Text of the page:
Chantel Wooten: I’m definitely going to continue with technology, as I did before. However, I’ve learned a whole lot more about the virtual world. I’ve learned a lot more from my students than I learned from my colleagues. I will continue to use my students as teachers, as well.
Tensions over no-remote option
Kwame Morton: I absolutely would anticipate that in a community as large as ours, that there will be individuals who may be uncomfortable about coming back. And I think it’s incumbent on us to try to create as safe and as comfortable environments as possible to give them some sense of reassurance that coming into the building is fine, that we are taking health, hygiene and safety with the highest regard and that our community is OK.
Enough space to social distance?
Chantel Wooten: Not six feet apart. A colleague and I were just discussing that today. We were like, well, how are we going to fit 25 class sizes of 20 to 23 and 24?
Kwame Morton: I don’t know if we have room for full capacity, to be quite honest with you. If each of our classes is at full capacity, I know for a fact we would not be able to socially distance at six feet. Three feet would be a major stretch. Some rooms are a bit larger than others, and it’s better to socially distance.
How the kids are faring
Kwame Morton: I think this has been an emotionally draining time. You know, it’s been mostly taxing for our students with some of the things that our kids have had to grapple with and to see happening across our country, aside from just COVID. But if we think about the civil unrest that has occurred, it’s been a lot to endure, has been a lot to take and take in for our kids. We’ve attempted to engage our kids by speaking with them, allowing them to dialogue and express their thoughts, emotions, concerns. You know, we have staff members, guidance counselors, student advocates, student assistance counselors. It’s like an all-hands-on-deck type of approach to working with our students and giving them an opportunity to vent and express and work through some of these concerns they have. I do think that there will be mental health concerns that we need to deal with next year — we’re anticipating it. We’re planning for that and trying to put staffing and resources in place now in anticipation for that in the fall.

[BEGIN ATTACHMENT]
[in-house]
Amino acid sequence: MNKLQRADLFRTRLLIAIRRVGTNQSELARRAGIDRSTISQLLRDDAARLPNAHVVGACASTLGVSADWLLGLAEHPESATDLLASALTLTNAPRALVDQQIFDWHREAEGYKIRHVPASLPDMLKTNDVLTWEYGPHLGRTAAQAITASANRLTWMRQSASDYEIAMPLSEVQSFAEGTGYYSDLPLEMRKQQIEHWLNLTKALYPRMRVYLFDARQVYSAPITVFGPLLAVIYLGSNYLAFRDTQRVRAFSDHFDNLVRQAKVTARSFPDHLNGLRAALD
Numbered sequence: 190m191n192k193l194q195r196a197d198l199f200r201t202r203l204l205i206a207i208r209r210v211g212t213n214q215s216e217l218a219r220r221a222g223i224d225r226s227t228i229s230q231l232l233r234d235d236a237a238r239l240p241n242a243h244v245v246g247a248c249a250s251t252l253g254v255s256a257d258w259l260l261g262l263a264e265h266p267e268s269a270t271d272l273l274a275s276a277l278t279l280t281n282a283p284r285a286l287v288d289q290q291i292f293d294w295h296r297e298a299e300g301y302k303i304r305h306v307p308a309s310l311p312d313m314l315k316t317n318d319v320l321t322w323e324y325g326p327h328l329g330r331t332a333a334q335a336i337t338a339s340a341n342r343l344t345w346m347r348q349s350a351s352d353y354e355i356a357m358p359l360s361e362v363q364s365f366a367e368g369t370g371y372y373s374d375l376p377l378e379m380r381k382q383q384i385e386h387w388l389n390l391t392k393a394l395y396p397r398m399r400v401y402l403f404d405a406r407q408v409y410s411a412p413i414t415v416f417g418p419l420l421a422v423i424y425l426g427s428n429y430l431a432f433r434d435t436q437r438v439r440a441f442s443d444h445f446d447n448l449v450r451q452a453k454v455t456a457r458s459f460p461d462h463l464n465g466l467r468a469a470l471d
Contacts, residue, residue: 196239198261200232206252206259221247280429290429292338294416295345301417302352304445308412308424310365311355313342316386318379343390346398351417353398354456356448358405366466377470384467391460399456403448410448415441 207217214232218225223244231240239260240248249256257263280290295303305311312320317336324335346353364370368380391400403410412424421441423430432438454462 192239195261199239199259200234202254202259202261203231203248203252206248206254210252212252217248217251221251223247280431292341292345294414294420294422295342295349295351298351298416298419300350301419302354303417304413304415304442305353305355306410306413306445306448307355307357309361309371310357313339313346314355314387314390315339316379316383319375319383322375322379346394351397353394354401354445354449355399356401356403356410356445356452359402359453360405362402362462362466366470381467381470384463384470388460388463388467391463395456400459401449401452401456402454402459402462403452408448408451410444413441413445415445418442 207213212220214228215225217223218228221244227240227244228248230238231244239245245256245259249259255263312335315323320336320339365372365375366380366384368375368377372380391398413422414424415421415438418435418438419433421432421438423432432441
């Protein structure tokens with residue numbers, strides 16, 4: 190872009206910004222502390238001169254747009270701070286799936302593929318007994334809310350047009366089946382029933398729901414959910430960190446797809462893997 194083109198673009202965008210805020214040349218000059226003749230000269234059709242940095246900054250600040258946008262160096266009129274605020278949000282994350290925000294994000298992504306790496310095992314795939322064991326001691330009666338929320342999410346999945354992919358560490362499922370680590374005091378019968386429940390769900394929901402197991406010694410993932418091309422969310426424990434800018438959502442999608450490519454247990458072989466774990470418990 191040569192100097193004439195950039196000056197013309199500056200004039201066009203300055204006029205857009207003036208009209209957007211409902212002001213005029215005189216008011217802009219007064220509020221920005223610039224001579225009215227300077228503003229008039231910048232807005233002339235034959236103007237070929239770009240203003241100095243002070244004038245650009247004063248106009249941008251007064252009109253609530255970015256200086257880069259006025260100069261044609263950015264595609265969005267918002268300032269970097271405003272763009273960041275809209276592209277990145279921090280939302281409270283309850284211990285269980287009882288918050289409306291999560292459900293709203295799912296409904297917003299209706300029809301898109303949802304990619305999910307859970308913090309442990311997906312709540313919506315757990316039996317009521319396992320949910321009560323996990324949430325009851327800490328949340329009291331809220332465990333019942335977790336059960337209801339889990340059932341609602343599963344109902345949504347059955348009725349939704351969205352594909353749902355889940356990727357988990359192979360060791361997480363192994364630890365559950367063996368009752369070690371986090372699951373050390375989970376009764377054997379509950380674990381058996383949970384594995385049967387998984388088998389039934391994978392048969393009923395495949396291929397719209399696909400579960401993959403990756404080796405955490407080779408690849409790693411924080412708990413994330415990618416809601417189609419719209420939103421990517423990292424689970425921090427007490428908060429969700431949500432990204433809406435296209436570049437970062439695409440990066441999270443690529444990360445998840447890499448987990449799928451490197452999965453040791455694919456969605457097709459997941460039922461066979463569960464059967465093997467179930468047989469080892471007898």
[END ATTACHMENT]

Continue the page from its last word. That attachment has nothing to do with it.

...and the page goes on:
Lisa Gleason: …we can unequivocally say this has been a time like no other. But I believe the old adage that in all crises lie opportunities and those opportunities lie in the lessons we’ve learned from this situation — perseverance, determination, new ways to think about teaching and learning … Particularly with regard to instructional technology, we’ve had amazing educators and students and parents and caregivers who’ve partnered with our teachers over the past year. And we’ve seen the power of community and the power of technology to break down the walls between classrooms and our homes.
David Aderhold: I’ve just been tremendously inspired this year by our educators, by our administrators and by our teachers in particular. … There is an importance of making sure that we’re supporting our staff as they step into the next year, foster those relationships and support them in the return with their students.
Kwame Morton: We have a tremendous opportunity to ensure that in our school communities, equity is actionable, no child is invisible and every child is seen. You know, we have a great opportunity to create accepting environments that acknowledges all of our children.
Chantel Wooten: As I open up and start my new year with my newly charged superpowers, I hope all educators know that whatever they’re supercharged with, as they start the year they look each student in the eye and say to them that they were born to win, and that victory is their only option.